The second thing that makes this CMS so revolutionary is that it looks so simple. It actually feels like you're editing the site (ie: the 'front-end') directly. This is very different to the usual conceptual split between 'front-end' and 'back-end'. But the simplicity is an illusion – in a good sense. The technology is incredibly sophisticated.
Noteworthy features include:
- An inline WYSIWYG editor that, unlike others, doesn't rely on the browser's own code libraries. This means that it is truly cross-platform and cross-browser compatible.
- Auto-save (and manual save, of course), with 'revert'
- Image library with generous thumbnails
- A feature that tells the website manager who's logged in and what they're doing (and have been doing)
- All designs have thumbnail screenshots
- System tells you what designs are being used and by what pages
- System tells you what files attached to a design aren't actually being used by that design (also what files are missing)
- Complete server cache control, with a day-by-day report on cache performance (and traffic)
- Alias URLs (useful for marketing campaigns) that are not handled as redirects and are never indexed by Google
- Workflow that can work serially (approver 1, then approver 2, then approver 3, etc.) or in parallel (approvers can approve in any order, or simultaneously)
- The ability to choose a workflow (assuming you have sufficient permissions)
- Versioning, with a timeline (you can't roll back, like in Matrix, but you can view, and export, any previous version of a page as a PDF – much less resource-hungry than full rollback)
- Context-sensitive help
There are a number of interface features that are so appropriate and so beautifully realised that they raise the bar for interface design. Such as:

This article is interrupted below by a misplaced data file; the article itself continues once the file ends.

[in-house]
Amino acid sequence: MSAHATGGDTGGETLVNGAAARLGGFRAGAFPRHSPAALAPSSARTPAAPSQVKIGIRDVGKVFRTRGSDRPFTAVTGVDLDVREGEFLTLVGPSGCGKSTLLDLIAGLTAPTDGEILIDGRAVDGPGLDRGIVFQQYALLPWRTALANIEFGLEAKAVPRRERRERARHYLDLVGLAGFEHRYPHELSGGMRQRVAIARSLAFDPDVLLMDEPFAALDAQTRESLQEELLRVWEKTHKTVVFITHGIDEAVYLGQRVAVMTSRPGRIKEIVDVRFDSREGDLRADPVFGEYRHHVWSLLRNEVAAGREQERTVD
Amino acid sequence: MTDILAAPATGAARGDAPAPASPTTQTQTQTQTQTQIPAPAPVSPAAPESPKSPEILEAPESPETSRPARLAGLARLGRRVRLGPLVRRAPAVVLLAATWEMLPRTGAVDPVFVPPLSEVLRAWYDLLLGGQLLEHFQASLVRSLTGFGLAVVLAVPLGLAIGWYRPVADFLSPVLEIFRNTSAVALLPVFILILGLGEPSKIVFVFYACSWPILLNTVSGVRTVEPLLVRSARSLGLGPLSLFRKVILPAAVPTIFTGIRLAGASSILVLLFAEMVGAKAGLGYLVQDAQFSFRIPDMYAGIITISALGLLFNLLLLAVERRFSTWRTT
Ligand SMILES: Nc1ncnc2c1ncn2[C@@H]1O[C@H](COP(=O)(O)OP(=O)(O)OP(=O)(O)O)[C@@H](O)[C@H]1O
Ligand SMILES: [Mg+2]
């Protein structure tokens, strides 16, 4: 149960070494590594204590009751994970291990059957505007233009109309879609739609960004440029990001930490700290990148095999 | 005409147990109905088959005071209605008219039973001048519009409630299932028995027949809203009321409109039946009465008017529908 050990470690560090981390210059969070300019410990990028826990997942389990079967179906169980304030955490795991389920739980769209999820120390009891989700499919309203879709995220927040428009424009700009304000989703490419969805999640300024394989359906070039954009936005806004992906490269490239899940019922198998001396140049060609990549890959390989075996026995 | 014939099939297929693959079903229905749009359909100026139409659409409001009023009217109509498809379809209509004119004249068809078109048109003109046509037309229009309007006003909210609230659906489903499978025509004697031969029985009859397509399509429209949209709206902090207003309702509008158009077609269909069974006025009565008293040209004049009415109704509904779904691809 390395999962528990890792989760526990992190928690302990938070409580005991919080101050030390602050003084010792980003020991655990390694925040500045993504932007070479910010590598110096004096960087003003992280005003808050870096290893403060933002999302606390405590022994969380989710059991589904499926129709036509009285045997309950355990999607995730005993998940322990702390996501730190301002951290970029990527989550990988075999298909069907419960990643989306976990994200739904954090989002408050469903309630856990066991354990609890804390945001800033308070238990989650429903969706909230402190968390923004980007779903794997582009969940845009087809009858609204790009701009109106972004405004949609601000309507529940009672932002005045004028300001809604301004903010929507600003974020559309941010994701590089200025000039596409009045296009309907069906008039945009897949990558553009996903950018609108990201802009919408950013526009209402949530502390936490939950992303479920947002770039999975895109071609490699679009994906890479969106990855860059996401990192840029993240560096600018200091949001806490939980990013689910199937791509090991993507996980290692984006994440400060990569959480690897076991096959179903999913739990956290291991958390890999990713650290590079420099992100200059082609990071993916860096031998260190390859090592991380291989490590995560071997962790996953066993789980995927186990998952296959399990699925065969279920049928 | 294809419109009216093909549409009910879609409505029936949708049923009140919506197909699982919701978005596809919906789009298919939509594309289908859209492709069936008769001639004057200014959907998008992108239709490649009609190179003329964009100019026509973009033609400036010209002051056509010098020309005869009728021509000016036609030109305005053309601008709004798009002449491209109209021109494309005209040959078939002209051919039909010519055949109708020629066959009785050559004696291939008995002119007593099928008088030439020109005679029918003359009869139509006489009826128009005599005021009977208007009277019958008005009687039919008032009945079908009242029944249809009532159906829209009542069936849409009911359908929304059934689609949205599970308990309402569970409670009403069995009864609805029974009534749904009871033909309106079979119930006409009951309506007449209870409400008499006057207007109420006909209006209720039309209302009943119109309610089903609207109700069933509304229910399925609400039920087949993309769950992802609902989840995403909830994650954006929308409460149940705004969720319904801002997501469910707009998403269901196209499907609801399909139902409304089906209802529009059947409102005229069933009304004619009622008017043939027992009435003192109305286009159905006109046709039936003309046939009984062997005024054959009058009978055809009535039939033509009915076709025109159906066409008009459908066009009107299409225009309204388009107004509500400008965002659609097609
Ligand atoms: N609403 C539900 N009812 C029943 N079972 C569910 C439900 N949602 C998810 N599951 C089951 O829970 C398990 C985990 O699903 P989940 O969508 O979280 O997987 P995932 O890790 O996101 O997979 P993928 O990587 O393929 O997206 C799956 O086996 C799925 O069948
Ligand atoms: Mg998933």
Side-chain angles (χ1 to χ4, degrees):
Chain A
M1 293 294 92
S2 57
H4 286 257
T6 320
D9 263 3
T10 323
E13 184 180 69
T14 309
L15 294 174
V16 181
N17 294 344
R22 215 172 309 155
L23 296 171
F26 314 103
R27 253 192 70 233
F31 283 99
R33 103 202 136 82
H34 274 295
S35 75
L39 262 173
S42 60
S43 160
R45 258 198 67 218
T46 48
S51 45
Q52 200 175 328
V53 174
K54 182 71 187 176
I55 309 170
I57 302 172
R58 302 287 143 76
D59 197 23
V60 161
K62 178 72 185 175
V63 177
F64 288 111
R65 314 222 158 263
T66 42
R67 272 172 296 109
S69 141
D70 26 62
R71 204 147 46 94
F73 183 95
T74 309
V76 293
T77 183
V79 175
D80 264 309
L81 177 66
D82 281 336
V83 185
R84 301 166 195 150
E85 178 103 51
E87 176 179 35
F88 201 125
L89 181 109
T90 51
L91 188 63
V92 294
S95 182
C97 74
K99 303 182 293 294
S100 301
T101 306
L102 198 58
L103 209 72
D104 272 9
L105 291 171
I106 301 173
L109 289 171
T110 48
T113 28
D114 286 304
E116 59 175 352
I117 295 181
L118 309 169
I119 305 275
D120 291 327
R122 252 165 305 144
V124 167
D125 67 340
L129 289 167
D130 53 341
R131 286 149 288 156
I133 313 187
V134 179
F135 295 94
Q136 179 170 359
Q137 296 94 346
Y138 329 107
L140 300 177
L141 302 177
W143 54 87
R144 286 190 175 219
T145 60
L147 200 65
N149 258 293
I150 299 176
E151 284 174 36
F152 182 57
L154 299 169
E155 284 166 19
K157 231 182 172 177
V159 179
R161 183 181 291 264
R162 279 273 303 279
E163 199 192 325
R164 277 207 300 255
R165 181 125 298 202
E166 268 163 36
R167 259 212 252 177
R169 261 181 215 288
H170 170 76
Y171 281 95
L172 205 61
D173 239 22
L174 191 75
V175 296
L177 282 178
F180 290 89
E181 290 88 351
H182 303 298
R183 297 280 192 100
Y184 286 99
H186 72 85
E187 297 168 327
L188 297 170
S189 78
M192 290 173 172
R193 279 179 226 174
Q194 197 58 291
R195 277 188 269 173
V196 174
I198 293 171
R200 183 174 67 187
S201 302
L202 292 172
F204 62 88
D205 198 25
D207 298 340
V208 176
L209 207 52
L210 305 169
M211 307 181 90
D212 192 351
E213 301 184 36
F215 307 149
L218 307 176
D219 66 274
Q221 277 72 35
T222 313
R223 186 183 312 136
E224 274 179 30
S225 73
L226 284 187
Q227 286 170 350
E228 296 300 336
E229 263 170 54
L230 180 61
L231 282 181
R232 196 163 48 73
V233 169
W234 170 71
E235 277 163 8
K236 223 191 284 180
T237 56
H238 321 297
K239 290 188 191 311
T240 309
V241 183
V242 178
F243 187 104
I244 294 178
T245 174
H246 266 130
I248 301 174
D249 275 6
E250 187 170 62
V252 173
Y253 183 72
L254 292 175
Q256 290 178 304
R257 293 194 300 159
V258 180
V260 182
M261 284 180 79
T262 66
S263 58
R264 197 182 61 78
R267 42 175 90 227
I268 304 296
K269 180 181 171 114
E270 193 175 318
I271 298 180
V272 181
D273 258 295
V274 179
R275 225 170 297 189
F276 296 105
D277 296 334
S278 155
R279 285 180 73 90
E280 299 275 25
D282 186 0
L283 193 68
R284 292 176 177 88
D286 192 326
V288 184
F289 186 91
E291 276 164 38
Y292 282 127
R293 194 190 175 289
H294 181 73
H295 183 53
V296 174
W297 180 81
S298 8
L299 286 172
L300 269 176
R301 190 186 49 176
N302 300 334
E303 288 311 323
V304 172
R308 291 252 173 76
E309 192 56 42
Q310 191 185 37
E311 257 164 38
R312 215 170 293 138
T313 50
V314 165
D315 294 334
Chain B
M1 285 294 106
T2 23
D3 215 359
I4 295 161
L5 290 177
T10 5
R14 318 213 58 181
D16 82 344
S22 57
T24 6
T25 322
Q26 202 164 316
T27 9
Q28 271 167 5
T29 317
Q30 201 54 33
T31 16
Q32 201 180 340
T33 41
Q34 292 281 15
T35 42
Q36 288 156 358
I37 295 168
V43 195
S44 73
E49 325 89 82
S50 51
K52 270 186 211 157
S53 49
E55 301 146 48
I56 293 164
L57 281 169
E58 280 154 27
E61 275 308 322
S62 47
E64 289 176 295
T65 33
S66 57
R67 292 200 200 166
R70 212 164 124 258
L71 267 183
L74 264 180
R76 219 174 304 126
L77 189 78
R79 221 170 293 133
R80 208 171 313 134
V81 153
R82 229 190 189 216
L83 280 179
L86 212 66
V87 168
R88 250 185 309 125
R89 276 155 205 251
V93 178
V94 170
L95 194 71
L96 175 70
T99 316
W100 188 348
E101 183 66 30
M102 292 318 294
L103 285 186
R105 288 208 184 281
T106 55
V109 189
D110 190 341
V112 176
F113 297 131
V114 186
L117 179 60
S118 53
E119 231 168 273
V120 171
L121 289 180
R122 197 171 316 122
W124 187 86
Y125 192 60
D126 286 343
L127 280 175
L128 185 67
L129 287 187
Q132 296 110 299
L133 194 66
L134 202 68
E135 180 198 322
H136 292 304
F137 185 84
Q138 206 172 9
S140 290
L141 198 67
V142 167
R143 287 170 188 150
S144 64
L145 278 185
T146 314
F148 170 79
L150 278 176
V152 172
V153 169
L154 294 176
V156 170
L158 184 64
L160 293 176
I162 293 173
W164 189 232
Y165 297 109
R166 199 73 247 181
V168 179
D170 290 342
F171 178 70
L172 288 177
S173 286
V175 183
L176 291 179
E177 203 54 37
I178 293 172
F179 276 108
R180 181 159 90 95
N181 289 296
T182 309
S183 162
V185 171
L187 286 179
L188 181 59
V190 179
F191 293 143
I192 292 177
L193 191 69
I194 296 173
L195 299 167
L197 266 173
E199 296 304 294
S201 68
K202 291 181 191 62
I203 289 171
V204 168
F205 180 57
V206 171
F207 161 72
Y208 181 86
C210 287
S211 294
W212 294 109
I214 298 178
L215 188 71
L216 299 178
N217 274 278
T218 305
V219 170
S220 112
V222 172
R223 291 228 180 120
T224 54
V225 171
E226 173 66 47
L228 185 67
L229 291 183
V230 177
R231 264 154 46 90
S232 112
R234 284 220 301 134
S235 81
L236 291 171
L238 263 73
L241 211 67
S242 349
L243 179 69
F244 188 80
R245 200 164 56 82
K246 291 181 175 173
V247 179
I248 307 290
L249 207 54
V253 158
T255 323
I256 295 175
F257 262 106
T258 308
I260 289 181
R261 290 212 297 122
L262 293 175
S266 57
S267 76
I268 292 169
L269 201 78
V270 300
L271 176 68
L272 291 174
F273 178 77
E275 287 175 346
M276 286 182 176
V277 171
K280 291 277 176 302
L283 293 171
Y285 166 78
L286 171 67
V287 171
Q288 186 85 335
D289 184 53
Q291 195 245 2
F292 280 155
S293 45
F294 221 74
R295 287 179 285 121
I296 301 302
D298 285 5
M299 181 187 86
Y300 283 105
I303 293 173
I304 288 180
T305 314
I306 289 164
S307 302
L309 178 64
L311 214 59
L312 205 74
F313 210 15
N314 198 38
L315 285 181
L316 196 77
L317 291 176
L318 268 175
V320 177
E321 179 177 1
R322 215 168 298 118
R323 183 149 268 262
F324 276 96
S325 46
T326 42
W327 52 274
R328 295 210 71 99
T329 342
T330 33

- Timelines with draggable 'viewports' and changeable scales (day, month, year)
- Task panes (eg: for finding an image) that are part of their parent windows, but appear to be floating in front
- Asset browsers with a (Mac-like) column interface
- A liberal, and appropriate, use of thumbnail snapshots
- A yes/no slider control
- The 'help-pointer': a small, bouncing graphic that shows you exactly where a particular interface widget is, so you can follow steps in the contextual help system
Some of these are so innovative and useful that I expect other software companies will try to copy them.
Criticisms? Very few, and most (if not all) of these are features that Squiz.net just haven't built into mini yet, but are planning to. Such as:
- No safe-editing, meaning that you can't use the approval process workflow on live pages – instead, changes happen immediately
- Only 3 kinds of form inputs: text, pop-up selectors and radio buttons
- No centralised list of current alias URLs
- No calendar, e-commerce or bulk email
Matrix is an undeniably powerful system; however its back-end interface feels complex and crowded, because almost every feature is available at all times. As a result, the controls (especially in the sitemap area) are small and finnicky. In contrast, mini feels clean and spacious, because the interface is focused on what you need to do at that time, but it also makes the context clear (so you always know where you are)This is indeed the future of CMS.
30 min. video demo (29 Oct 2008)